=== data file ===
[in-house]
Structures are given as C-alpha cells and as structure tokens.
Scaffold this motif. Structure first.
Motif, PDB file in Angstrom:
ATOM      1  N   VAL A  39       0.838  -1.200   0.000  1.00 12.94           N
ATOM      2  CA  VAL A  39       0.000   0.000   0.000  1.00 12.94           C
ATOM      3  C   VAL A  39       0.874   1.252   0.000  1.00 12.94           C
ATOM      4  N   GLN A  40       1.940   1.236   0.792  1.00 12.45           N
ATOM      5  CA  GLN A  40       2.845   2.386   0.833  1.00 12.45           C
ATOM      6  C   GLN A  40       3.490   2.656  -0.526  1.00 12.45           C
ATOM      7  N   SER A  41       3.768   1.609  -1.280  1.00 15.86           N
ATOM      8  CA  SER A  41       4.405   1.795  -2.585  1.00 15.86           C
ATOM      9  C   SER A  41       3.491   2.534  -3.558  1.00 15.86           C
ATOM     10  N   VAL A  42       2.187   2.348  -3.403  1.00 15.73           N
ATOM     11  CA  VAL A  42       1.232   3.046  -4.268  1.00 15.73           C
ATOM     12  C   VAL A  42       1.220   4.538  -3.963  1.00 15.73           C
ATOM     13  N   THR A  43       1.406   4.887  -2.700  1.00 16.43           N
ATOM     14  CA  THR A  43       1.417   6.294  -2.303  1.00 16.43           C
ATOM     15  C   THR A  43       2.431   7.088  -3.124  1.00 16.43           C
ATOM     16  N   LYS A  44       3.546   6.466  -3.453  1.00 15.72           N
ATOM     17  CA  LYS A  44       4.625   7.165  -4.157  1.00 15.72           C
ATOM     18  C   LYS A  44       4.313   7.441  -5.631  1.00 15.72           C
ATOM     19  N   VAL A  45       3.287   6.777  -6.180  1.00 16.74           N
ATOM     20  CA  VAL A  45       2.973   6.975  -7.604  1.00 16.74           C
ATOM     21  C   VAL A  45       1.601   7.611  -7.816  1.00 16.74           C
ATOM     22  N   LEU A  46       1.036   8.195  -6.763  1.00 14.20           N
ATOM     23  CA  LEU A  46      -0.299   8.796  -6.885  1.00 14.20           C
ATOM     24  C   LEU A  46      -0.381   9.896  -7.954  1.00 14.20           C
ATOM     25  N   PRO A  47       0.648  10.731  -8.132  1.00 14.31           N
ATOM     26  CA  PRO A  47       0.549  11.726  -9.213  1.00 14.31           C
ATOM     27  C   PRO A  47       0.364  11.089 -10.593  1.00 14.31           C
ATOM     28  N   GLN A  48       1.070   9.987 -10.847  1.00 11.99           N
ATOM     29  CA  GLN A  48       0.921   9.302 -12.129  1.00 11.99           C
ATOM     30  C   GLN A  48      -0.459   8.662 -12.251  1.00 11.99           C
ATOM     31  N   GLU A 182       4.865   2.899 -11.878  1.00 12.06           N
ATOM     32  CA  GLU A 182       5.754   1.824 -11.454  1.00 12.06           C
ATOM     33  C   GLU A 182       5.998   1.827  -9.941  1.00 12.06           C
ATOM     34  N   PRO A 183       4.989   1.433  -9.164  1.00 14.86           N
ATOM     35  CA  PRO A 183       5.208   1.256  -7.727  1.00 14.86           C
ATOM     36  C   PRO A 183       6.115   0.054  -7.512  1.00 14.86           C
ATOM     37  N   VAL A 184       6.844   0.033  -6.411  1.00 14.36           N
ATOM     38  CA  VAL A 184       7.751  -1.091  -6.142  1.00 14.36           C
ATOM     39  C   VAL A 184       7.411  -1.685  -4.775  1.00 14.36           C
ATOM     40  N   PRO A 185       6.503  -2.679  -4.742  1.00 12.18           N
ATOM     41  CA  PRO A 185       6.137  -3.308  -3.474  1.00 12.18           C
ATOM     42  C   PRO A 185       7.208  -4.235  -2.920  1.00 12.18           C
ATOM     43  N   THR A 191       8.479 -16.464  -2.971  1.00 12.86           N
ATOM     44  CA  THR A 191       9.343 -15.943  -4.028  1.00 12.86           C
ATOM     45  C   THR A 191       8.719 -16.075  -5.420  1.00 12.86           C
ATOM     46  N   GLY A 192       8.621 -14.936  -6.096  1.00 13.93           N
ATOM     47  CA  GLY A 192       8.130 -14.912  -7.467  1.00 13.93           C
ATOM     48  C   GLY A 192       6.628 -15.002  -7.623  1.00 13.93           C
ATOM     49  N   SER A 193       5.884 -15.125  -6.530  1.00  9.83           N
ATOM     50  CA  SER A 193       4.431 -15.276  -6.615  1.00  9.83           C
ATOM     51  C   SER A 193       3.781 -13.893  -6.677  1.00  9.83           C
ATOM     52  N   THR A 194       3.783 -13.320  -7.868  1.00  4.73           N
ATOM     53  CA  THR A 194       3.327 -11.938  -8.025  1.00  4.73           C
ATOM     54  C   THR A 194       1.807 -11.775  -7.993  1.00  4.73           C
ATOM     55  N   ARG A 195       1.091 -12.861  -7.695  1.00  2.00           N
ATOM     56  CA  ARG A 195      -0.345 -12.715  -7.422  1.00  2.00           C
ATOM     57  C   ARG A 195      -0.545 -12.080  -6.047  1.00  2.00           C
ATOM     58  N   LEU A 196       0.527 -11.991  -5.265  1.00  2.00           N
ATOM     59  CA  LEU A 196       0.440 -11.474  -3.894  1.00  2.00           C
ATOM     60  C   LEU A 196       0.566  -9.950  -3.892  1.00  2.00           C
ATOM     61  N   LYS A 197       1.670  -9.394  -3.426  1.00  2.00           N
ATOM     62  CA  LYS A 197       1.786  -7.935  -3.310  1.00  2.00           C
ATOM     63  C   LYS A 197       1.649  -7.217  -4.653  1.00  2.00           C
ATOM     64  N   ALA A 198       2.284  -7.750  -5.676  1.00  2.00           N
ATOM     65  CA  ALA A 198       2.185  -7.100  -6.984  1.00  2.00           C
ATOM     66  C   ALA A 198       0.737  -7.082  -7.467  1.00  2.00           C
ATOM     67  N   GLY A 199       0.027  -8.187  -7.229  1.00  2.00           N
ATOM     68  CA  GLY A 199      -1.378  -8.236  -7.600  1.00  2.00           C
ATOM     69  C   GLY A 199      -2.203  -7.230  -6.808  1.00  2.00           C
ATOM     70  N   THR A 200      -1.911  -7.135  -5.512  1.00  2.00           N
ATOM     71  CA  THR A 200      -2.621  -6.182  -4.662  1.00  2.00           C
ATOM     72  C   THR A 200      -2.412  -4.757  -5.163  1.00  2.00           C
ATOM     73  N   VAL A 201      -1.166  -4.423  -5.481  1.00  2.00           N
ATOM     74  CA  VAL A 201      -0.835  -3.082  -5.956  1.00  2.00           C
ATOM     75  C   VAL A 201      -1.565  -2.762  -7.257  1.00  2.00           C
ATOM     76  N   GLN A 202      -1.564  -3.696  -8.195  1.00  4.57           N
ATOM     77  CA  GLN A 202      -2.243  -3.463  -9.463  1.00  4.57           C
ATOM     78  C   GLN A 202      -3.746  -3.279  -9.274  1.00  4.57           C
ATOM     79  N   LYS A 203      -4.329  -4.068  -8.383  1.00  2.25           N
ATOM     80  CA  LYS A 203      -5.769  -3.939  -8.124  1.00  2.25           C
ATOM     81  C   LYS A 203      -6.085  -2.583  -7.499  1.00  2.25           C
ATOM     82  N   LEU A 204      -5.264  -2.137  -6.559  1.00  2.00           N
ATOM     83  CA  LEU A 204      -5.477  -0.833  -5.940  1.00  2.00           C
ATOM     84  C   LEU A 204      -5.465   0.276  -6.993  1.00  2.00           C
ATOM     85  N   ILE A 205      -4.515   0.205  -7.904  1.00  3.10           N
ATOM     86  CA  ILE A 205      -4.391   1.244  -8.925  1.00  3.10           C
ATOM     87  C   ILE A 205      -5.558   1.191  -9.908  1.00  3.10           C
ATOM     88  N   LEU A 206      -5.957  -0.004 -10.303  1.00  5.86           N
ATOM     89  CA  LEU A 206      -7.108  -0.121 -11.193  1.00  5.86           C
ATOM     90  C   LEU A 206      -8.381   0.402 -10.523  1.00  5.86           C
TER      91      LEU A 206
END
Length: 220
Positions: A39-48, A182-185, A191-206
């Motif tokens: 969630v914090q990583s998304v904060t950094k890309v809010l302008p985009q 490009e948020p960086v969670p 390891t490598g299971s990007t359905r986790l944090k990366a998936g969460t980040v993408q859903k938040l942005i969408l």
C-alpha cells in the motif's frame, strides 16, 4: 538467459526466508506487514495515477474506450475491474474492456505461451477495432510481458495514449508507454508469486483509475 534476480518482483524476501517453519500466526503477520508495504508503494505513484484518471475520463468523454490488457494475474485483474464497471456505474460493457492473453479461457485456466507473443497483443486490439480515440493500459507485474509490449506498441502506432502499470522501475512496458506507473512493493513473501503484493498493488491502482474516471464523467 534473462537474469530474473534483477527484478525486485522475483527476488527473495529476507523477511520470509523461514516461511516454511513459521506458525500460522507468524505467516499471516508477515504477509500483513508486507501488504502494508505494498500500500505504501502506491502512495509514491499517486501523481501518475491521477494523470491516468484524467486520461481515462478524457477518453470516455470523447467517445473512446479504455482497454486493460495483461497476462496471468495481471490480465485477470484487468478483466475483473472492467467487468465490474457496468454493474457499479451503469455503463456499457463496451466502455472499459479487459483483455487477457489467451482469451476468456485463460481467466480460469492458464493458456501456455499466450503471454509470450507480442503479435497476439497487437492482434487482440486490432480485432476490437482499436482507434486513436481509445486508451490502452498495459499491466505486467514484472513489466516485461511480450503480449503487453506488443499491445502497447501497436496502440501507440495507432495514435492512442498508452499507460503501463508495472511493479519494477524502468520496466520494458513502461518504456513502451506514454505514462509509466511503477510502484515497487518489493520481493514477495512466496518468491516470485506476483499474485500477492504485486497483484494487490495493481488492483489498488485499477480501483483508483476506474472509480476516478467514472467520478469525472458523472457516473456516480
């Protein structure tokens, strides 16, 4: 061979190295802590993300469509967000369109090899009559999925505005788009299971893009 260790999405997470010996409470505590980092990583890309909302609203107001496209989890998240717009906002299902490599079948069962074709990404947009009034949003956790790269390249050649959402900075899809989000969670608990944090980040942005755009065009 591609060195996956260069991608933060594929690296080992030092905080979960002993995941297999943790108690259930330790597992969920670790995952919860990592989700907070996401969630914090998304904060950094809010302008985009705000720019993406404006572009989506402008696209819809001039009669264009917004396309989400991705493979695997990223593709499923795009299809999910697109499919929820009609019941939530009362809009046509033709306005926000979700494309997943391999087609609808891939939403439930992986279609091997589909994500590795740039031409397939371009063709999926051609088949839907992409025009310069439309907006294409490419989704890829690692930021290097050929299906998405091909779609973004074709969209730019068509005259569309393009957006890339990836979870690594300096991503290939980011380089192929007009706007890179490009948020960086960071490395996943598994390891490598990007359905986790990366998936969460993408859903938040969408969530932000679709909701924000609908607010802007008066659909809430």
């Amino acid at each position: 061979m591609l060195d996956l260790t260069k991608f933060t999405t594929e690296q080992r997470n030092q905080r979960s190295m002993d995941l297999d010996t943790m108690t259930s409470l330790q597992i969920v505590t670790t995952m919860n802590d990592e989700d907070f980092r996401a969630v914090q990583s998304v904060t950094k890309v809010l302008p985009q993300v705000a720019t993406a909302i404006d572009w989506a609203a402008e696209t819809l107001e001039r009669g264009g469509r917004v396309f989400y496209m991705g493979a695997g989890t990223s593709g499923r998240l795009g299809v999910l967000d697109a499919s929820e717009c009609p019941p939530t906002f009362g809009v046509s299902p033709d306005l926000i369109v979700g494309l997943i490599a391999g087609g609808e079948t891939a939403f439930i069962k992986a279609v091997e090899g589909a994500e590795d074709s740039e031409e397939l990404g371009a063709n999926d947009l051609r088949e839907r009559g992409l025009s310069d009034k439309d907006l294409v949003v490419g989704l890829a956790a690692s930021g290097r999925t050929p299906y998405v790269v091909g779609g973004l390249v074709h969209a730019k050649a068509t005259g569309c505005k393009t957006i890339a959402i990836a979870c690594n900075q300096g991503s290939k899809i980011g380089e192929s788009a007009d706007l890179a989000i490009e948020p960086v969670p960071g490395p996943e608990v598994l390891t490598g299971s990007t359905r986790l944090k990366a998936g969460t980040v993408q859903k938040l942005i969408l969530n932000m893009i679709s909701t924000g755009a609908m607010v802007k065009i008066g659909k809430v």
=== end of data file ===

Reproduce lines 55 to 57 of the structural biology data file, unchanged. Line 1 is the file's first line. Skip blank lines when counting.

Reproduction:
ATOM     51  C   SER A 193       3.781 -13.893  -6.677  1.00  9.83           C
ATOM     52  N   THR A 194       3.783 -13.320  -7.868  1.00  4.73           N
ATOM     53  CA  THR A 194       3.327 -11.938  -8.025  1.00  4.73           C